There are some great artist registries out there that can be helpful in getting your artwork seen and possibly selected for exhibitions. For example, Artists Space in New York has one of the most comprehensive registries, the Irving Sandler Artists File Online, which is open for artists around the world to include images and information about their work in and for curators to browse; there is no fee to join or use this service.
I also think it’s important for artists to see each other’s work and to be familiar with what your peers are working on. Word of mouth is still an excellent way for information on curators, gallerists, and upcoming exhibitions to be shared. Visual artists, for example, can often suggest parallel or interesting work by another artist, a reliable referral method for those who are organizing shows.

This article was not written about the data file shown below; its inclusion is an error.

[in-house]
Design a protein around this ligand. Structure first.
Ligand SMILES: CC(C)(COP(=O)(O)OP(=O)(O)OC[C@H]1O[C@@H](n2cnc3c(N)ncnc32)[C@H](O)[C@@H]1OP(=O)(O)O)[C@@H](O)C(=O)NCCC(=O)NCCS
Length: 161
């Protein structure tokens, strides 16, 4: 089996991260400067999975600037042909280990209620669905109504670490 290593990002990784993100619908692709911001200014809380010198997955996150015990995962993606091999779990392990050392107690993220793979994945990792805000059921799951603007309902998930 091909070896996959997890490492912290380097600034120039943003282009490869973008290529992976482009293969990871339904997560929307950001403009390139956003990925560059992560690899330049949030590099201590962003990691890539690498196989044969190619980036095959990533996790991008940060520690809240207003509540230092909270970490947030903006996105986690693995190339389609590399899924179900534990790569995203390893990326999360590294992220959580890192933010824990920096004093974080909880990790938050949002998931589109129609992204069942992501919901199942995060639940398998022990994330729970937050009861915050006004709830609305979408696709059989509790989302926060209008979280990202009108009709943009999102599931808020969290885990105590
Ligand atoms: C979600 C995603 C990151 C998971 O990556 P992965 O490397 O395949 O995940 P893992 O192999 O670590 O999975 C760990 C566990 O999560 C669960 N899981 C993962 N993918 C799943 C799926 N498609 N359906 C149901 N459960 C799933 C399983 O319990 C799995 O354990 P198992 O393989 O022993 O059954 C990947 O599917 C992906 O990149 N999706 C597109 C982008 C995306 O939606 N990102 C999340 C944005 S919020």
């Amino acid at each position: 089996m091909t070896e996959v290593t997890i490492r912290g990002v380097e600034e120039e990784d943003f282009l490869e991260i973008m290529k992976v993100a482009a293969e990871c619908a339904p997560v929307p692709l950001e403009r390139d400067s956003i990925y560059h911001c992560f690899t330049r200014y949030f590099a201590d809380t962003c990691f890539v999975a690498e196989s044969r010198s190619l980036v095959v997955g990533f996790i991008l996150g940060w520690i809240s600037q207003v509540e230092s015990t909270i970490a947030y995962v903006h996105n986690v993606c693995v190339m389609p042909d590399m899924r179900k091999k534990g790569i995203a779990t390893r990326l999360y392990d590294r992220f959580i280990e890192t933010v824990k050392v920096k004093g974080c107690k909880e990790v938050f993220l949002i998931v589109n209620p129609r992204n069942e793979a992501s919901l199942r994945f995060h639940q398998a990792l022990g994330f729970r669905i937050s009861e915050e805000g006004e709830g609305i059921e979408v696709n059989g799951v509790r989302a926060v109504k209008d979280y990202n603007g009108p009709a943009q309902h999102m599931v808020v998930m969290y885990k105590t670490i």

Also, NYFA’s Opportunities for Artists pages accept announcements like calls for proposals and competitions for commissions, both of which will raise the visibility of your artwork.
In most instances, artists should prepare to cover the cost of framing and shipping, although it never hurts to inquire whether the organizer will pitch in. Also, NYFA Source includes several grants that would help fund preperation fees or transportation.
#9: I need a practice space or a studio. Are there resources available to help me find that?
A: NYC Dance Spaces is an extremely useful free database of the city’s rehearsal and performance spaces for dancers, dance companies, and choreographers. It tracks information on spaces to rent, from studios to large venues, for ballet, jazz, tap, and modern dance.
For visual artists, the Lower Manhattan Cultural Council has two programs that are good to know about. The Workspace Residency Program provides artists and writers with a studio workspace for nine months, as well as access to a community of artists, professional development services, and a modest stipend. And their Swing Space program is a space grant program that connects artists and arts organizations with vacant commercial spaces downtown. Studio, rehearsal, office, installation, and exhibition space awards are typically for two to four months and are accompanied by a project stipend of $300-$3,000.